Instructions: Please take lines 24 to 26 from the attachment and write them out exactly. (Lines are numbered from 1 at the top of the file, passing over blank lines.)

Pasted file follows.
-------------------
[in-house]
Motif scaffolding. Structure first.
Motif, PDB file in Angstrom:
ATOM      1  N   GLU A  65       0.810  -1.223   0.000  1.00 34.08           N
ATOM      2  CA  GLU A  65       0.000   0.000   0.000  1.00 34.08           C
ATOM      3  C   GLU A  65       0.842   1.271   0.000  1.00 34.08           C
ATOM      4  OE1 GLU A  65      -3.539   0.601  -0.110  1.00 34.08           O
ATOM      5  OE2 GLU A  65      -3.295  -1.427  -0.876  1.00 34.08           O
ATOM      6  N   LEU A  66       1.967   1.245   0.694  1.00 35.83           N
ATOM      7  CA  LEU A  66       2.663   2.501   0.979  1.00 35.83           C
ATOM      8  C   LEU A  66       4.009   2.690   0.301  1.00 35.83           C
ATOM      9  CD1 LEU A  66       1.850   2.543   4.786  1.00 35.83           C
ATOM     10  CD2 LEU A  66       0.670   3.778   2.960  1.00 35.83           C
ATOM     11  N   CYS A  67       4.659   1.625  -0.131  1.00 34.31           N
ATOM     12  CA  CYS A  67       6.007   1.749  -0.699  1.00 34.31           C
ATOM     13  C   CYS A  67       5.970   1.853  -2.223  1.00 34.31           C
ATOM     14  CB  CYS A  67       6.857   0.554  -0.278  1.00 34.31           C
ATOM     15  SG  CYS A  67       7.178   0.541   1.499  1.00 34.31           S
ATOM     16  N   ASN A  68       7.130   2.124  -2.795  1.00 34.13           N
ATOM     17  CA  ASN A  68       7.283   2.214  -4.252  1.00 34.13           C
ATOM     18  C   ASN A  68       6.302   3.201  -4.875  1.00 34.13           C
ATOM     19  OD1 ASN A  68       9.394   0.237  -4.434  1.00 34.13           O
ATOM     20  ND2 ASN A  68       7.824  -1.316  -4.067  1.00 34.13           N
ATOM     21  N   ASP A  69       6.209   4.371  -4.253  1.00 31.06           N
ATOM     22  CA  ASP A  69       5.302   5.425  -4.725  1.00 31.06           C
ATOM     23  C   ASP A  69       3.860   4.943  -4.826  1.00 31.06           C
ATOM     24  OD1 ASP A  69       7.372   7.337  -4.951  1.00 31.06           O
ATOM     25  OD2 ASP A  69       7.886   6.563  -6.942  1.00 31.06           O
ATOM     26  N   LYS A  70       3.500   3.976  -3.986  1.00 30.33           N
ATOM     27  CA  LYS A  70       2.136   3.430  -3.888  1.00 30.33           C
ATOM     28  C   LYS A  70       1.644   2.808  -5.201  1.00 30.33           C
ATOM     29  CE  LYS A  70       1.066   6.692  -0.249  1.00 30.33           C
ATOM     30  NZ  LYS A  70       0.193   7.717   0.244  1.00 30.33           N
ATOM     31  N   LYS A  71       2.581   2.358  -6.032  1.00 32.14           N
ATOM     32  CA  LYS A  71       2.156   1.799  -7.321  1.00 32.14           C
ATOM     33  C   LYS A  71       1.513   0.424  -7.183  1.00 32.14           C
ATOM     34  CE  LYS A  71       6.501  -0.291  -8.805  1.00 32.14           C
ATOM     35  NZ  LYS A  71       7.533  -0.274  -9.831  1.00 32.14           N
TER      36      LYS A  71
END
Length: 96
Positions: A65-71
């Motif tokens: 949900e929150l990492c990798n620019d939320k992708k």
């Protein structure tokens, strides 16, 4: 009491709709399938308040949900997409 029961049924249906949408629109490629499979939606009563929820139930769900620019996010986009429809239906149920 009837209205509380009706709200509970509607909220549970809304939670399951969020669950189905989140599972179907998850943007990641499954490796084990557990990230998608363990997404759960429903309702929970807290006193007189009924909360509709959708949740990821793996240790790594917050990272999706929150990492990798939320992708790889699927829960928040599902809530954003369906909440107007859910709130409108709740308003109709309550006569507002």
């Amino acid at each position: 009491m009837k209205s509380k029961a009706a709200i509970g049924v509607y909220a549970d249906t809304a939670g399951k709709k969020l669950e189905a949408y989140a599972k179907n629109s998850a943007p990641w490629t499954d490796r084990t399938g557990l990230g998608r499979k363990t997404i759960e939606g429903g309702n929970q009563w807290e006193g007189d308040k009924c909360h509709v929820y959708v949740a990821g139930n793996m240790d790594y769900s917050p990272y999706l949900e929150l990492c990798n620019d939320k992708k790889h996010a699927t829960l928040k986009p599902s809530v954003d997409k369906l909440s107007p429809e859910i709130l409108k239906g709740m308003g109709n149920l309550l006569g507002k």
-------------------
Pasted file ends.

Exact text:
ATOM     21  N   ASP A  69       6.209   4.371  -4.253  1.00 31.06           N
ATOM     22  CA  ASP A  69       5.302   5.425  -4.725  1.00 31.06           C
ATOM     23  C   ASP A  69       3.860   4.943  -4.826  1.00 31.06           C